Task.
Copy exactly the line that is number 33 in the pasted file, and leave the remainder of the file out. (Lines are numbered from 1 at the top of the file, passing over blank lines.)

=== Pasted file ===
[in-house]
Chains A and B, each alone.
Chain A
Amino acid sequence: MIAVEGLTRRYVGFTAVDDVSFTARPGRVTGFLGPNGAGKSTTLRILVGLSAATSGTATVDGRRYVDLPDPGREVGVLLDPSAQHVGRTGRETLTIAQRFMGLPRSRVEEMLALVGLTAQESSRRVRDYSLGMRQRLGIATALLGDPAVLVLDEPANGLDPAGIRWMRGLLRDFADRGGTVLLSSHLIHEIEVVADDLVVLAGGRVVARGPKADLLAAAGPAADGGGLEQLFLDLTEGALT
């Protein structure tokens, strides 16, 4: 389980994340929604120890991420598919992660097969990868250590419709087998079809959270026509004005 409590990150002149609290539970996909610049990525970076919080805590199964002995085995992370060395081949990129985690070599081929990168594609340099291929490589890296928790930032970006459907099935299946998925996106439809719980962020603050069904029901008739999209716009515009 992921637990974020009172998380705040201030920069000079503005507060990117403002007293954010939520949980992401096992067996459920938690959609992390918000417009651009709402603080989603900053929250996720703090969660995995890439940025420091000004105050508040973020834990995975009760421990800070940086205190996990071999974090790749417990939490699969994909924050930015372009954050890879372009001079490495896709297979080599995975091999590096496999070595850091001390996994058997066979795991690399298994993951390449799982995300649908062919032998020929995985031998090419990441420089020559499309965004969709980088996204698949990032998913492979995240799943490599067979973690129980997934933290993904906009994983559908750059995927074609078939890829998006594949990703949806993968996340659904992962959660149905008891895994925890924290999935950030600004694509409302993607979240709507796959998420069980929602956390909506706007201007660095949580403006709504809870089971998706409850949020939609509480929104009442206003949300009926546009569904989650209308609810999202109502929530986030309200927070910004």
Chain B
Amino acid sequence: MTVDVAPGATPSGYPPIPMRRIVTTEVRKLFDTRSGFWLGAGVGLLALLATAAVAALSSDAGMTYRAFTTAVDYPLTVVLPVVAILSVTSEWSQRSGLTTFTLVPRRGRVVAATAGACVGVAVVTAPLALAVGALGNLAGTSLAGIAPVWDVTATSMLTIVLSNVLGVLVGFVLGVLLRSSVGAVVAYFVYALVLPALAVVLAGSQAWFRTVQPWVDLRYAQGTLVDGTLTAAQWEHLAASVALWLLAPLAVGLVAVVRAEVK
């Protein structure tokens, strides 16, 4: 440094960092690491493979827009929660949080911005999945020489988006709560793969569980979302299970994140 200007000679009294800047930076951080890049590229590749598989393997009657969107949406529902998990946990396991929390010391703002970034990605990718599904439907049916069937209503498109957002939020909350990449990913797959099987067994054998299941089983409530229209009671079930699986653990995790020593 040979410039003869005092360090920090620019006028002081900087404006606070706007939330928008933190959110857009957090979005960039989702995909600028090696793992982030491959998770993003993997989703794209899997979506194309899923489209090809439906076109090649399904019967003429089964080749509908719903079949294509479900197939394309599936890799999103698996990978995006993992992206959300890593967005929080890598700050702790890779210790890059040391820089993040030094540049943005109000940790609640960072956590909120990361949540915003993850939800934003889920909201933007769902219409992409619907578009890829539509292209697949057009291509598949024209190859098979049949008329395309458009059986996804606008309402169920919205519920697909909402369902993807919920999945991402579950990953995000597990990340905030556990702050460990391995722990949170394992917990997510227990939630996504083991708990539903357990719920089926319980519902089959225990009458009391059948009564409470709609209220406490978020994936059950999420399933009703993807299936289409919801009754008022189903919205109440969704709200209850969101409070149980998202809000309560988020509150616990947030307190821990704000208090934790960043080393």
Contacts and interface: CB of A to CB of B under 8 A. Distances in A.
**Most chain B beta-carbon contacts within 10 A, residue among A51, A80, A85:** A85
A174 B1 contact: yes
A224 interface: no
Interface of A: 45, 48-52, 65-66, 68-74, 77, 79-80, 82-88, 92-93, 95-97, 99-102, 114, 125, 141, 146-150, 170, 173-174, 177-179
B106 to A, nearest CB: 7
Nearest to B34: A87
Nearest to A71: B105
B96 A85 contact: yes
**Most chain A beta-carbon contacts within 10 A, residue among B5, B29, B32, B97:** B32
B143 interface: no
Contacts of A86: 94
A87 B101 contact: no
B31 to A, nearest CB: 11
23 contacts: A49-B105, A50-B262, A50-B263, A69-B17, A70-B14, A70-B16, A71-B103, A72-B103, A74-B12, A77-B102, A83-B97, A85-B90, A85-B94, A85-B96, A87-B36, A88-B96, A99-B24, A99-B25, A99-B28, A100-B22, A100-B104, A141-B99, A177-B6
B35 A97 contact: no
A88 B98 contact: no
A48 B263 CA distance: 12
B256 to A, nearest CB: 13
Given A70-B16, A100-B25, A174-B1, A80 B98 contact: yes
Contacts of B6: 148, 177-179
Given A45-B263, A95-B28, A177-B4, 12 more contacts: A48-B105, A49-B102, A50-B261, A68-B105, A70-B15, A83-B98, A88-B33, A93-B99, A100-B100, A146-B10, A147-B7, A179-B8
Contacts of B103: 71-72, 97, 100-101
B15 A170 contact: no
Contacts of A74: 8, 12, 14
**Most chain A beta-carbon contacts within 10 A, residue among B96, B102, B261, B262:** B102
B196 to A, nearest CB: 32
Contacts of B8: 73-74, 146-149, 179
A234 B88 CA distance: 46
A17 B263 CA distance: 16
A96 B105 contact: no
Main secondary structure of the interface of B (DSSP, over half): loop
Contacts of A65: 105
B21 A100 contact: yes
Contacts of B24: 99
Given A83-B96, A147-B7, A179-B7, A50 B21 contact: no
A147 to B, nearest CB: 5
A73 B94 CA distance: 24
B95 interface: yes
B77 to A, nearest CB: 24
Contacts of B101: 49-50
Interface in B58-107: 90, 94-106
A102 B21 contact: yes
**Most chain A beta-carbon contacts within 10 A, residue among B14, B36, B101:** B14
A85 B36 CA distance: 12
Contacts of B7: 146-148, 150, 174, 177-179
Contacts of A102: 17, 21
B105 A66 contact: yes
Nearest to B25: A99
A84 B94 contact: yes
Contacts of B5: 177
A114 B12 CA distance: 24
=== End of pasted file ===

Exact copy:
Contacts of A74: 8, 12, 14